CW: non-detailed mention of genitalia.
In earlier posts I’ve mentioned a lack of memories of transmasculine people. Thanks to a few posts by fellow bloggers, I’m suddenly remembering. And I’m embarrassed by my own disgust and I have to be honest about it. There’s no other way forward.
Forgive the messiness of this. Emotion and memory are messy enough, but I’m thinking aloud and aware simultaneously of my inner process and all the poppycock gifted to me by others. The straights, the queers, the fearful, the traumatised.
I have to admit that I laughed a lot as I finally came to terms with being a trans guy. I’d had a lot of fun stirring others with my “all white men look the same to me – who are you again?” and my “oh I don’t read books by men any more, they’re so passé.” I’d delighted in getting sports betting fanatics off my back during the dreaded men’s football season by saying, “all footballers are rapists.” It was so effective as a conversation stopper. And then when I came out I added yet another tired old white guy to the tally – just what the world craved!
Sometimes feminists do enjoy badmouthing men. Not all men, haha, but boy, a lot of us deserve it. There’s just no getting around the stats for murder, rape and general mayhem. It can be a source of pride to say women are biologically superior, that if women ruled the world we’d all be happier, and that testosterone is the source of all evil.
A lot is tongue in cheek. A lot is a way to discharge ongoing tensions involved in dealing with outdated and unacceptable attitudes on a daily basis. And sometimes trauma crystallises into self-protective and toxic rhetoric of its own.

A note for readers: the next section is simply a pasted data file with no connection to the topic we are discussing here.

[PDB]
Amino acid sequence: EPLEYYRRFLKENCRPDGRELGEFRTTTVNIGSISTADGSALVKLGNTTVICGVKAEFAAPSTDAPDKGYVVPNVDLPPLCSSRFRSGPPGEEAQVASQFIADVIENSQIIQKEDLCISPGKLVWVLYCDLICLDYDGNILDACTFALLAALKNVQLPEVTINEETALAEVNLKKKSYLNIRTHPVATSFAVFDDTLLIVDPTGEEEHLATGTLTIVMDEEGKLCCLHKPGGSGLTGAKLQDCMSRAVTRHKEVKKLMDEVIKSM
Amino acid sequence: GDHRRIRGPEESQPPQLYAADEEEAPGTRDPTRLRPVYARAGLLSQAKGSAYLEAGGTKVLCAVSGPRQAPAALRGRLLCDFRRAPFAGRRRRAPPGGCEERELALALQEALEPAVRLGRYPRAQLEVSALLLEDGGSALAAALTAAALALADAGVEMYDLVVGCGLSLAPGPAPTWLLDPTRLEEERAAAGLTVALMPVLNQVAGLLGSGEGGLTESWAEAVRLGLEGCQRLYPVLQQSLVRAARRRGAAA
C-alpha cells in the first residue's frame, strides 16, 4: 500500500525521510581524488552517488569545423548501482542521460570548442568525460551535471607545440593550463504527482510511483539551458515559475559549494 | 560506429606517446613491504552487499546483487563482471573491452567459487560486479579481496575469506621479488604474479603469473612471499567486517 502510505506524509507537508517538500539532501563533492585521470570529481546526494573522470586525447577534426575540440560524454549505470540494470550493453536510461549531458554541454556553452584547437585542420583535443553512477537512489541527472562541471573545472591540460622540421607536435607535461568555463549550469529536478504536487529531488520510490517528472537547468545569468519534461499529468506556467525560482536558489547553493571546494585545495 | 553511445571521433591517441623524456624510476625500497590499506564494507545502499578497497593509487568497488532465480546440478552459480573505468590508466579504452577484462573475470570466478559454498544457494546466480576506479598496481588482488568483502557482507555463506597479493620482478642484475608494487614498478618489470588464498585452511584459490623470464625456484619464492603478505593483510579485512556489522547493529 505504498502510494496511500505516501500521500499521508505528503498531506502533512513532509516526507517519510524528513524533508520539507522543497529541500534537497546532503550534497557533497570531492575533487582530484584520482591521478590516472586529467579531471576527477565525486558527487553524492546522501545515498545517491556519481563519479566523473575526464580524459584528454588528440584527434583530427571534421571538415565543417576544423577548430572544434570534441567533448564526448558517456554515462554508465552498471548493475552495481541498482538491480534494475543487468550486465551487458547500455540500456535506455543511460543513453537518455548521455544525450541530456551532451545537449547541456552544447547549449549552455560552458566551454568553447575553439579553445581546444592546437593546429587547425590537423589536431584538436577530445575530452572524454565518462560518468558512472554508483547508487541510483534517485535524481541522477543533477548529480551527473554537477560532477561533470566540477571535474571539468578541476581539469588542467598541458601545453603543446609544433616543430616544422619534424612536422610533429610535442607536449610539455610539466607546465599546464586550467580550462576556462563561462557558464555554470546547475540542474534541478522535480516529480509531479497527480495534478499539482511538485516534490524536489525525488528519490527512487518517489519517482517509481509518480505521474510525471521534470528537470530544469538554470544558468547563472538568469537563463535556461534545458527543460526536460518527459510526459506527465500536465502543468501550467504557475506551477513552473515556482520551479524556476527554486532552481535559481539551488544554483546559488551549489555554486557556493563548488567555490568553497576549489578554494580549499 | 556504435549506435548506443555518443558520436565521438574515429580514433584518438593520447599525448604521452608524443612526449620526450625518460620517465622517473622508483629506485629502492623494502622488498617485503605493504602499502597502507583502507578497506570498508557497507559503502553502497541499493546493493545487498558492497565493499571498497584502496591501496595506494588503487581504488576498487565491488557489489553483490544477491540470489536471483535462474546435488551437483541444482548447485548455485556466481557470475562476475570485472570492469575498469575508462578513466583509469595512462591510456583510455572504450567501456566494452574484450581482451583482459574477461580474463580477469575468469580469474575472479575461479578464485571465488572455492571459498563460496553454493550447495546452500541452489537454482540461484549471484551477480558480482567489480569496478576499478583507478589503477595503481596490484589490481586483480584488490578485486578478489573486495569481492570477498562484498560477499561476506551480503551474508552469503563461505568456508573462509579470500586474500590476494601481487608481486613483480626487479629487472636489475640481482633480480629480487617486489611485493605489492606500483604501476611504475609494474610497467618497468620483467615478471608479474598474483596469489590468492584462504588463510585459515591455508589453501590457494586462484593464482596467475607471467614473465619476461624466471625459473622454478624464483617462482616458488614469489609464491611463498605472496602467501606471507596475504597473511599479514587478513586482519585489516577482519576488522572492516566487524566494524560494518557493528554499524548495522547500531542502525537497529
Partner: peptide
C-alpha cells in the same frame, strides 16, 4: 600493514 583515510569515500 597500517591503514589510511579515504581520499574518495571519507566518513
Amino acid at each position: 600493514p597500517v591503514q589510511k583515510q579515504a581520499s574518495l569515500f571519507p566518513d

When I came out to my family in the 90s as a lesbian, my mother asked me why I hated men. “I don’t,” I said, “Some of my best friends are men. I just don’t want to have sex with them.” “Any more,” I would have added, if she wasn’t so focussed on me becoming a virgin bride one day. Other people automatically assumed I’d been hurt by men. Some assumed that I’d been molested as a child. For goodness sake, said one therapist, if that were the cause, there’d be darn few heterosexual women at all.
At the time I found the p*nis disgusting, and a lot of male attitudes and behaviour disgusting, and had discovered that I had a lot more fun with women. It was a relief to stop trying to be a good heterosexual woman and embrace my true nature instead.
While questioning my own discomfort, my dysphoria, I discovered genderqueer erotica. For a while I inadvertently came out to librarians, as I requested everything available on the LGBTIQ list. What struck me most, among these erotic stories, was the total absence of v*lvas. I’m still astounded. When I read Whipping Girl, by Julia Serano, even this absence made a curious (unhealthy) sense. If you read Julia’s book, you’ll see what I mean.